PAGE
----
Introduction to the Format

There is a pattern for each week. The times are suggestions and are loosely based on an hour timeframe. The times should be modified, as needed. Each session will consist of the following elements:

Fellowship – Snacks or a Meal (10 minutes with snacks; longer, obviously, if there is a meal)

Gathering Time (5-10 minutes). Each session will begin with an opening question to foster dialogue and help the participants settle in to the theme for the week. These questions are meant to be done in micro groups of two or three people.

Group Dialogue (Approximately 30 minutes). This guide does not include a lot of questions. The intent is for group dialogue and not merely giving the correct answer. During the dialogue sections, you will see guidance and possible answers to the given questions with brackets [ ]. These are only possible answers and are not meant to be exhaustive of other answers. It is a helpful practice to allow participants plenty of time to process these questions internally. Don’t be afraid of silence.

Prayer (10 minutes). Allow each participant who would like to do so to lift up a person or situation he or she would like the group to be in prayer over. Following each request, the leader will pray, “Lord, in your mercy…,” and the participants will respond, “Hear our prayers.” If the situation is warranted and if the participant is willing, surround the participant and lay hands on him/her and allow those who are willing to do so to pray for this person and/or situation.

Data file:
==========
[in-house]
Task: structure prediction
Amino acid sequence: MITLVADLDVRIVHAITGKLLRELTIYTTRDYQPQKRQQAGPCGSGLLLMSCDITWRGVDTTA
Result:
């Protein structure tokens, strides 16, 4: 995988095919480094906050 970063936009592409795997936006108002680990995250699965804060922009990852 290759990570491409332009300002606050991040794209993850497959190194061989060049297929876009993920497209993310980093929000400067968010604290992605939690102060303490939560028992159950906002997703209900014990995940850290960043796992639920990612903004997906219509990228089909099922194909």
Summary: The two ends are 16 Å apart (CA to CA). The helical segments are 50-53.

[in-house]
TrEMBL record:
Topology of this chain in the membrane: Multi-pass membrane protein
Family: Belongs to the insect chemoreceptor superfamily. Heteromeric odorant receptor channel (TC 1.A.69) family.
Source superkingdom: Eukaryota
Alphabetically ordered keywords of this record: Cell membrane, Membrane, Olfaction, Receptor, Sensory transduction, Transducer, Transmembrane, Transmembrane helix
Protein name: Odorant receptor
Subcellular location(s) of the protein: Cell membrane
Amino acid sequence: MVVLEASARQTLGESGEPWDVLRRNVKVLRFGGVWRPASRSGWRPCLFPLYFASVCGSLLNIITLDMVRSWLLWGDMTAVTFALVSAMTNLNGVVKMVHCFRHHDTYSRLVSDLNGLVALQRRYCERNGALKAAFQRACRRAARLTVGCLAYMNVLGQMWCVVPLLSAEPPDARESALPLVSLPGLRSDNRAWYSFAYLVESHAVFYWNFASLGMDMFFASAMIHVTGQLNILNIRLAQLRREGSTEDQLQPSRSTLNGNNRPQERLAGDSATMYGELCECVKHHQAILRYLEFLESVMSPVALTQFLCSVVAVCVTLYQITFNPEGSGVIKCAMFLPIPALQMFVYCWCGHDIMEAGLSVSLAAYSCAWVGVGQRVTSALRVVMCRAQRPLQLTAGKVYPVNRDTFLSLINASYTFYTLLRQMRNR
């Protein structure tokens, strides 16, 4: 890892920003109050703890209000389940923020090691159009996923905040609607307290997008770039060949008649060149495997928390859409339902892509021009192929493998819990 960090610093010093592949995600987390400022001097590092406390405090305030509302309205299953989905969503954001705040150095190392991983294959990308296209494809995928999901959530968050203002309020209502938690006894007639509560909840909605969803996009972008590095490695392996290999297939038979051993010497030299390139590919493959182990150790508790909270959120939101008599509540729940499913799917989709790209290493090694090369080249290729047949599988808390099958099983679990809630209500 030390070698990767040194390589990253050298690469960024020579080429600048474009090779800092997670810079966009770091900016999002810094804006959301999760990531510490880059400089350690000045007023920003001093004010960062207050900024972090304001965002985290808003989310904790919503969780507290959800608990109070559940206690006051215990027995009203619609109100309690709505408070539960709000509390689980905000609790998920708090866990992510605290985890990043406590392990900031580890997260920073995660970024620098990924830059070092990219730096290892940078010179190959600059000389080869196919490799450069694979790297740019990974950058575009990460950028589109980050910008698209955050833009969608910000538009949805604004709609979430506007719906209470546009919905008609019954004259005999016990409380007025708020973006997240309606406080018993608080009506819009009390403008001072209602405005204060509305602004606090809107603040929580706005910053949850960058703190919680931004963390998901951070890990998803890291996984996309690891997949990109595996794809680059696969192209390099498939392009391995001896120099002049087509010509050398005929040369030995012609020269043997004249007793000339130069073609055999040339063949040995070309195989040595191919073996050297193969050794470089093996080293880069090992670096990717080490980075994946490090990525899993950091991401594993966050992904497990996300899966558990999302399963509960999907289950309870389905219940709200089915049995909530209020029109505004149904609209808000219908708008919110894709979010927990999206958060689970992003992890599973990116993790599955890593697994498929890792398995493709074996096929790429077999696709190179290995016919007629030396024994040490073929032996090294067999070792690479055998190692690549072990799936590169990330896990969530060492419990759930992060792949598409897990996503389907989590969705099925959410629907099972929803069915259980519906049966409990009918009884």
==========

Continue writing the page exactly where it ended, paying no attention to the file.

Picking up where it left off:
Sending Forth (2 minutes). Ask for a volunteer to send the group out with the printed blessing; or read the prayer in unison.

Week 1: That I May Gain Christ (World Communion Sunday)

Philippians 3:4b-14

Fellowship – Snacks or a Meal (10 minutes with snacks; longer, obviously, if there is a meal).

Gathering Time (5-10 minutes). In pairs or groups of three, discuss the following: “What are the top three things you routinely grumble about?” (Pet peeves, annoyances, etc.)

Group Dialogue (Approximately 30 minutes)

Read Philippians 3:4b-14

  • What are you most prideful about? (A job, a project, your kids or grandkids, an achievement, etc.) Why do you think Paul, who had so much to be prideful in verses 5-6, describes it all as “rubbish” or “sewer trash” compared with gaining Christ?
  • What did Paul hope to gain (v. 11)? [Resurrection from the dead] What is Paul’s motivation to strive or press on toward this goal (v. 12)? [Because Paul has been claimed by Christ.]
  • When was the last time you were able to take Communion? When was the most memorable experience you’ve had with Communion?